Wednesday, November 14, 2012

Bravehearts and the National Child Protection Alliance are seeking a Royal Commission

Bravehearts and the National Child Protection Alliance are seeking a Royal Commission into the handling of child sexual abuse cases by the different systems that are responsible for the care and protection of children. In the last two weeks we learned that a South Australian Education Department administrator banned a school council from informing parents that their children had been cared for by a (now convicted) paedophile who had raped a young child. The parents were informed by letter two years later and, of course, some parents are now finding that their children were also abused. Seemingly, no counselling was offered for children, parents or staff. The issue has become political because the Premier was then Education Minister and his assistant failed to tell him that the man had been arrested. Worse, school council members were threatened that if they disclosed what had happened they could be taken to court.
This was not the first time that parents were kept in the dark. A few weeks earlier, police banned child care centre management from informing parents that another sex offender had been arrested.
Now we have senior police in Victoria and New South Wales having the courage to expose the fact that the Catholic Church not only impeded inquiries into child sex offences but competent police officers were removed from the investigations. Sadly, international research shows that abuse by clergy is even more damaging than incest because it involves God and spiritual abuse. Victims are often told that they were chosen by God to suffer the pain of abuse and, at the same time, they were made to take the blame by being required to confess the sin to the very priest who had committed it.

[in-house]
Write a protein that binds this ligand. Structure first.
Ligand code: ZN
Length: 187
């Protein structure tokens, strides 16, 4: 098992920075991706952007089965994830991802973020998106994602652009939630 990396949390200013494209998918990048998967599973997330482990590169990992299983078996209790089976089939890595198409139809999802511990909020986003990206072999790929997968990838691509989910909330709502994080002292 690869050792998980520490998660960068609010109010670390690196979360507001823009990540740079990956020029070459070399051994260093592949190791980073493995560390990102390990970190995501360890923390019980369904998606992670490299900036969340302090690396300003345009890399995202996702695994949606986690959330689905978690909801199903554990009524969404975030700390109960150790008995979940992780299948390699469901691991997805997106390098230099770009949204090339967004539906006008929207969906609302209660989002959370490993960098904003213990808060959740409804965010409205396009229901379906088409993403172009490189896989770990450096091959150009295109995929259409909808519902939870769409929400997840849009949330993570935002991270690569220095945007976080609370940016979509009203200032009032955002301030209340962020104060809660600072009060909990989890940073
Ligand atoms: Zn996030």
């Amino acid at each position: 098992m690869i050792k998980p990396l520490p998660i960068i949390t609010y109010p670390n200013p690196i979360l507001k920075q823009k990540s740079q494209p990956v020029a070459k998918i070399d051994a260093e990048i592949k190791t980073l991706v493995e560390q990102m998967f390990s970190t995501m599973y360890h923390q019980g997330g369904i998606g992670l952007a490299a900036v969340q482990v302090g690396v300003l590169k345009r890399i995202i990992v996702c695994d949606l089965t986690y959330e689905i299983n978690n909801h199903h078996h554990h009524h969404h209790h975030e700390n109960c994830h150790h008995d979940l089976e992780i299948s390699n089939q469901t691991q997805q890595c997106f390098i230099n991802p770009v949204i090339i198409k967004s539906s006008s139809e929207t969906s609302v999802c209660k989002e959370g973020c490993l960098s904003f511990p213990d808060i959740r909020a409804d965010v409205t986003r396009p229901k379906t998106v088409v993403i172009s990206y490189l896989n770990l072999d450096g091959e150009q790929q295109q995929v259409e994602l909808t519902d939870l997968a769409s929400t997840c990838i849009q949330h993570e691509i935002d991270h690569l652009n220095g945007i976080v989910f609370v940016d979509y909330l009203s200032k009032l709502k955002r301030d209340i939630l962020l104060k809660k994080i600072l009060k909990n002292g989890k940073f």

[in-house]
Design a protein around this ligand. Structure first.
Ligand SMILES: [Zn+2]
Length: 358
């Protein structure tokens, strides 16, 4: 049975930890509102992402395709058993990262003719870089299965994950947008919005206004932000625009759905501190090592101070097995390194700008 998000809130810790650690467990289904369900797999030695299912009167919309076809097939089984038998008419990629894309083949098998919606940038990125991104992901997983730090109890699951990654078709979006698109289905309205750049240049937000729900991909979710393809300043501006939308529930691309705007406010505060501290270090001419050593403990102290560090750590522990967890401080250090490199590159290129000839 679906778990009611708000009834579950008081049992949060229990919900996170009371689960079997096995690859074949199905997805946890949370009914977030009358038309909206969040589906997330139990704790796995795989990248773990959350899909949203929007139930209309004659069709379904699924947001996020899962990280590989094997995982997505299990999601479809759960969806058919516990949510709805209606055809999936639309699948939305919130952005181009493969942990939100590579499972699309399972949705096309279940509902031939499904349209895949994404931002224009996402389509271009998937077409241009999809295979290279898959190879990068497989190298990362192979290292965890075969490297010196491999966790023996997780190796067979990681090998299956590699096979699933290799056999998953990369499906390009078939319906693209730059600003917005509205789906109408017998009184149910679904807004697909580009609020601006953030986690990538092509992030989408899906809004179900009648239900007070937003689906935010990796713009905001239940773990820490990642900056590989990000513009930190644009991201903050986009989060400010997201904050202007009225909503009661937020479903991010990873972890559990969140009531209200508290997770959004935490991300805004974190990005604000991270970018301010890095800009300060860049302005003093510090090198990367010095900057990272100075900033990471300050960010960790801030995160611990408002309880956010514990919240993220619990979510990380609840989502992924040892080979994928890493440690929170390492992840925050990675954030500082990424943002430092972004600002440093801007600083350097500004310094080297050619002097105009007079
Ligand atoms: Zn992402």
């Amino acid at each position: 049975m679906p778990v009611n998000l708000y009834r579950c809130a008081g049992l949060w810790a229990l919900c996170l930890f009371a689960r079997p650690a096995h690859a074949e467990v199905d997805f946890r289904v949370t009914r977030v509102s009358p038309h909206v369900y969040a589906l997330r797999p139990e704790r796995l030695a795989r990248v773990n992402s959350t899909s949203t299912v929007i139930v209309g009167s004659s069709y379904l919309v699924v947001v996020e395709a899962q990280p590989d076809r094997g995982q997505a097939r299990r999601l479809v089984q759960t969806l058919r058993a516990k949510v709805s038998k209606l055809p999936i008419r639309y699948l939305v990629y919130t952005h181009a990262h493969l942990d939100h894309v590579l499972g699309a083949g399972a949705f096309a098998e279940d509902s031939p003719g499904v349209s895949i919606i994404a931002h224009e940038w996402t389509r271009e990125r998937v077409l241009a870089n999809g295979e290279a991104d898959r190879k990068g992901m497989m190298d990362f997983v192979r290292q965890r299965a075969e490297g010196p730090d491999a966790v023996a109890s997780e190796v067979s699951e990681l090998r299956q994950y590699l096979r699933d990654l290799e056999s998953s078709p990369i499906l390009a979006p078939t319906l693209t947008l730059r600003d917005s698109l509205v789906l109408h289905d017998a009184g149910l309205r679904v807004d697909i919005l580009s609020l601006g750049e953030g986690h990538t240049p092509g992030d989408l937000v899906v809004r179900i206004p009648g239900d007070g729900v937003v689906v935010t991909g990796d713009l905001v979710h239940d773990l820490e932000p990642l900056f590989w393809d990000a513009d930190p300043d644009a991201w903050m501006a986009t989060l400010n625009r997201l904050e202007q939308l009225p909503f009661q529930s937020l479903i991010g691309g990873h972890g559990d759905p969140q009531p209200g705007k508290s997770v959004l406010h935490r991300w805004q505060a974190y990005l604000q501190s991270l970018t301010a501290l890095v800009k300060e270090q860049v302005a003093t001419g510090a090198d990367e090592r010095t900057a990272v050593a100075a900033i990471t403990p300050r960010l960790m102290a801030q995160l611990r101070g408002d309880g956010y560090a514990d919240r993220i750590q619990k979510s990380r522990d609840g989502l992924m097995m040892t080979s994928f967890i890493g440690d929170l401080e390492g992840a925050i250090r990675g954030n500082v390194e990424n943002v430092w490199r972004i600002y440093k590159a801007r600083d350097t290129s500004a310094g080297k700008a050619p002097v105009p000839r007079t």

In addition, the Family Court continues to punish children who disclose sexual abuse by a parent or parent figure. Mothers (and occasionally fathers) have been (and are still being) accused of training the children to make these disclosures and they, not the accused, are required to undergo psychiatric assessment. The accused are given responsibility for the residence and care of the children and the protective parents may be banned from contact or ordered to have occasional supervised contact and the supervisors write reports on their parenting skills.. but no-one observes and reports on the accused person's  parenting skills when children are in their care. Furthermore after ordering children to live with the parents accused of abusing them, there is no follow-up relating to their well-being. The current Chief Justice and her predecessor confirm that the Family Court lacks the facility to investigate child sex abuse cases and state child protection services are often under the impression that they cannot intervene if a federal court order is in place or a case is in the Family Court.
The reality is that no organisation is protecting young and disabled children from sexual abuse if they lack the sophisticated communication skills needed to withstand rigorous cross examination by barristers in a criminal court.

Would readers who support a Royal Commission please email Hetty Johnson  -